Science: Are we getting what we’re paying for?

The 1950s were the beginning of a massive expansion of federal funding for basic, curiosity-driven science in the universities. An initiative of the Roosevelt administration, the unprecedented intrusion was floated on high-sounding rhetoric that ultimately prevailed over the concerns of a skeptical Congress. Scientists, so the story went, were intrepid adventurers exploring science’s “endless frontier.” The scientists had helped win the war, and the federal government should—was obligated to, it was asserted—help them, with gushers of money, floated on the romantic image of the scientist as intellectual adventurer.

This image of science is not unfair: post-war academic science was a wonder to behold. And there was a lot of money to fuel the fire. Since the end of World War II, federal funding of university research has doubled roughly every seven years, to its present $85 billion. The romantic image has been tarnished in recent years, but federal funding has not: the money continues to roll in, and to grow. The questions, therefore, arise: Are we getting what we are paying for? Is our knowledge of the natural world doubling every seven years, commensurate with the funding? Or is the money being dissipated in exponentially increasing frivolity and meaninglessness?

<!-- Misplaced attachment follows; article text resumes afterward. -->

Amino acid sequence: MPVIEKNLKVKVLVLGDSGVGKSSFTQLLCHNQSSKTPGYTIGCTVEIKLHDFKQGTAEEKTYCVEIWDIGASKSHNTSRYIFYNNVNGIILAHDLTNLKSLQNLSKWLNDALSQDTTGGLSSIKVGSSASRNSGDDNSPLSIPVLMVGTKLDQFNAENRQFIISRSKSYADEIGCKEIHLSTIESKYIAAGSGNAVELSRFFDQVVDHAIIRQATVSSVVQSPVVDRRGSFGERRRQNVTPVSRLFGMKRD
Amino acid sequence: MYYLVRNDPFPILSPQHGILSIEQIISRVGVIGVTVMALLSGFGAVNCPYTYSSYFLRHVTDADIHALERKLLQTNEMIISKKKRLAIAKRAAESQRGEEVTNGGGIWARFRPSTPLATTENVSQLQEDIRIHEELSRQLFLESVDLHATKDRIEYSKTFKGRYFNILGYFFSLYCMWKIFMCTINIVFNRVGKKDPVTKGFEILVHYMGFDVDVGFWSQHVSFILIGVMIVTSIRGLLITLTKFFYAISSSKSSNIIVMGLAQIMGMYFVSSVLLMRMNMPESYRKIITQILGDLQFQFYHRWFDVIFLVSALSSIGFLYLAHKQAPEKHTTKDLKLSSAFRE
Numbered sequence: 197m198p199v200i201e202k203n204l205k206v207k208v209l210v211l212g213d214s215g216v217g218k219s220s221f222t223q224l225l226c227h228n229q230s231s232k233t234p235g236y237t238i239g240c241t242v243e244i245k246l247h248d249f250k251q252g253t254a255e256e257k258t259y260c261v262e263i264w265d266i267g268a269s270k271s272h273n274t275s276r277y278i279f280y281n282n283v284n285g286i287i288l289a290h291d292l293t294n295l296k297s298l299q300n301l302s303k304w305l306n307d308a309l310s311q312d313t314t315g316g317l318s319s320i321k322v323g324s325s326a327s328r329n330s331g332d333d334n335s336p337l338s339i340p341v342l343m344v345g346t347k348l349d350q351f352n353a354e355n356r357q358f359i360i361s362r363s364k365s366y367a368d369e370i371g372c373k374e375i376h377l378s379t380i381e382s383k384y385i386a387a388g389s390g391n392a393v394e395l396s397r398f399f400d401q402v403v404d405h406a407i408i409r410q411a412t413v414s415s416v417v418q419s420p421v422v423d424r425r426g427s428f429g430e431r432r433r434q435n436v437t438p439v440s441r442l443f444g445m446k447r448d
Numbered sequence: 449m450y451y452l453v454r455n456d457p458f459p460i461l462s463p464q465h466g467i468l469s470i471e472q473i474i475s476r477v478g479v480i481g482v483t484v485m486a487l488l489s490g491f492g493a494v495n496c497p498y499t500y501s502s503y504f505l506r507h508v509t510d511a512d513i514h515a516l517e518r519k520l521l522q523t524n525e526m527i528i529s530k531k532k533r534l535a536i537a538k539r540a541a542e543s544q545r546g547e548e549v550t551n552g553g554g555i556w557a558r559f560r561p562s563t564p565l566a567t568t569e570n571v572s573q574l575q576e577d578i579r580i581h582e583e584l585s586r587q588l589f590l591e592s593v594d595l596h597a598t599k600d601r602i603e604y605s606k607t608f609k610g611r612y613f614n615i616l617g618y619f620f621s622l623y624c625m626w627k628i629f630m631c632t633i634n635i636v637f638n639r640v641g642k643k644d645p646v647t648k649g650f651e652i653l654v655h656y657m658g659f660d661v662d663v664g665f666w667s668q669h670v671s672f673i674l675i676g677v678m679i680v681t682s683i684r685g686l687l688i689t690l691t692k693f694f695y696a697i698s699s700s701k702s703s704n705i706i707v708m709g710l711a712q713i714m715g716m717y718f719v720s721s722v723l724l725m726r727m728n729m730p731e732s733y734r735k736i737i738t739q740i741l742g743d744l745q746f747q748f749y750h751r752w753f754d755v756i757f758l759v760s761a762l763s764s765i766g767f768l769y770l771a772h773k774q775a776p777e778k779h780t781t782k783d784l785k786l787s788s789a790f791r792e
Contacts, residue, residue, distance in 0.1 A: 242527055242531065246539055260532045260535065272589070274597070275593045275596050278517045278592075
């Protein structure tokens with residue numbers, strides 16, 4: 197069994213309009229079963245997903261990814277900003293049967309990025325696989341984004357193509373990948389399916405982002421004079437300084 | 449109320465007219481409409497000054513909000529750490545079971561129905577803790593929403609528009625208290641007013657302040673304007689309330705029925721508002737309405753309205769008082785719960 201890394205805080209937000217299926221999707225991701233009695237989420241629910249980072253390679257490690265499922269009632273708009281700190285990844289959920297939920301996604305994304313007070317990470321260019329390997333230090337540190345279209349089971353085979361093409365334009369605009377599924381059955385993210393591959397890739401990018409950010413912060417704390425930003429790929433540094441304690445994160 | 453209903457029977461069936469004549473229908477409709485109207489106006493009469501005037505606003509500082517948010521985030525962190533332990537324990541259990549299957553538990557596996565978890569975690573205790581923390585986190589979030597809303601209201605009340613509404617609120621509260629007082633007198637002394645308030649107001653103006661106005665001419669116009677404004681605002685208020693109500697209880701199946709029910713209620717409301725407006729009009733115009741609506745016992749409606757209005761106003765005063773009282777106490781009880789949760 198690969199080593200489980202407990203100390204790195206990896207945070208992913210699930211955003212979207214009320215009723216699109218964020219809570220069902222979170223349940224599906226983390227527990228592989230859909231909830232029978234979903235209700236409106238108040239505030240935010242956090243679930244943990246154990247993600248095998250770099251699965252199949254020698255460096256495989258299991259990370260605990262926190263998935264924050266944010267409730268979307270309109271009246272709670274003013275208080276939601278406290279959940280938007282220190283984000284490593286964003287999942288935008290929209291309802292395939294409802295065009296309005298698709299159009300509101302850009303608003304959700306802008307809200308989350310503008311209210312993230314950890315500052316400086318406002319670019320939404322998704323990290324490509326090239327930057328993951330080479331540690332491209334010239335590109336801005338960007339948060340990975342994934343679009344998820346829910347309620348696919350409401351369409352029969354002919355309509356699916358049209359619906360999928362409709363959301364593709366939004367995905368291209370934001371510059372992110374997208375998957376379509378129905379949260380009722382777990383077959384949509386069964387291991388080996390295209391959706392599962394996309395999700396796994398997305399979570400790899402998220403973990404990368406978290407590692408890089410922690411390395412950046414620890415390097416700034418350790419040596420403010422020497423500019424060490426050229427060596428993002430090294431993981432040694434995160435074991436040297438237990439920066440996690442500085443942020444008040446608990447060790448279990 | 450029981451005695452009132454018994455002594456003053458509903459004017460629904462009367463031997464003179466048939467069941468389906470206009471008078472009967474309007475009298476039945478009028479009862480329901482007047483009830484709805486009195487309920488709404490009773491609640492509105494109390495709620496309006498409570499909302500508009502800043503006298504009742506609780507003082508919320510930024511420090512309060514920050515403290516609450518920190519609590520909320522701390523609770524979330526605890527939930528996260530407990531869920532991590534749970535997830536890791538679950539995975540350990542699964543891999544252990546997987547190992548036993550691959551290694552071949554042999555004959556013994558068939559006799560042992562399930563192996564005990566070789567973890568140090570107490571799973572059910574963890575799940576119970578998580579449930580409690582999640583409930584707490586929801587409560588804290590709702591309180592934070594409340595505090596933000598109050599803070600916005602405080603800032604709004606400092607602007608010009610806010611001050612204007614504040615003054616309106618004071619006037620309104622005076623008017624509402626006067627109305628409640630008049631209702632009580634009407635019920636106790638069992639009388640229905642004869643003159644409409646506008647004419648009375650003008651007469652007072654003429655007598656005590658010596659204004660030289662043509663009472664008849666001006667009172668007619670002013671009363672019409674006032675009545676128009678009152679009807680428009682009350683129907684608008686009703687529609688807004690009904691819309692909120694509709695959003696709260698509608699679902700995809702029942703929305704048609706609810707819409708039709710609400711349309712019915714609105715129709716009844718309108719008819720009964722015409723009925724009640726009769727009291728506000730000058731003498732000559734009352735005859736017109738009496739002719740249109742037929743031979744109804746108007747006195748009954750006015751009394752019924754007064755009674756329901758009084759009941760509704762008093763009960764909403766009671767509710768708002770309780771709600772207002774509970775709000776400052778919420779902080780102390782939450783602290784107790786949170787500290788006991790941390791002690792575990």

A recent paper in Nature casts these questions into stark relief. The authors analyzed the citation patterns of more than 45 million published papers, and roughly four million patents, from the 1950s to the present. They crafted a number they called the “coefficient of disruption,” or CD, which quantified whether a paper was “disruptive,” meaning that it changed a field dramatically, or “consolidating,” meaning that the paper was business-as-usual research. Here, from their article, is the money shot:

Figure 1. Coefficients of Disruption (CD) over time for research papers (left) and patents (right). (From Figure 2 of Park et al. 2023.)

So, that’s troubling. The massive federal intrusion into university science that began in the 1950s promised disruption: all that would come from exploring that endless frontier. We seem, rather, to be getting the opposite. The question asks itself: What are we getting for all this money spent on science?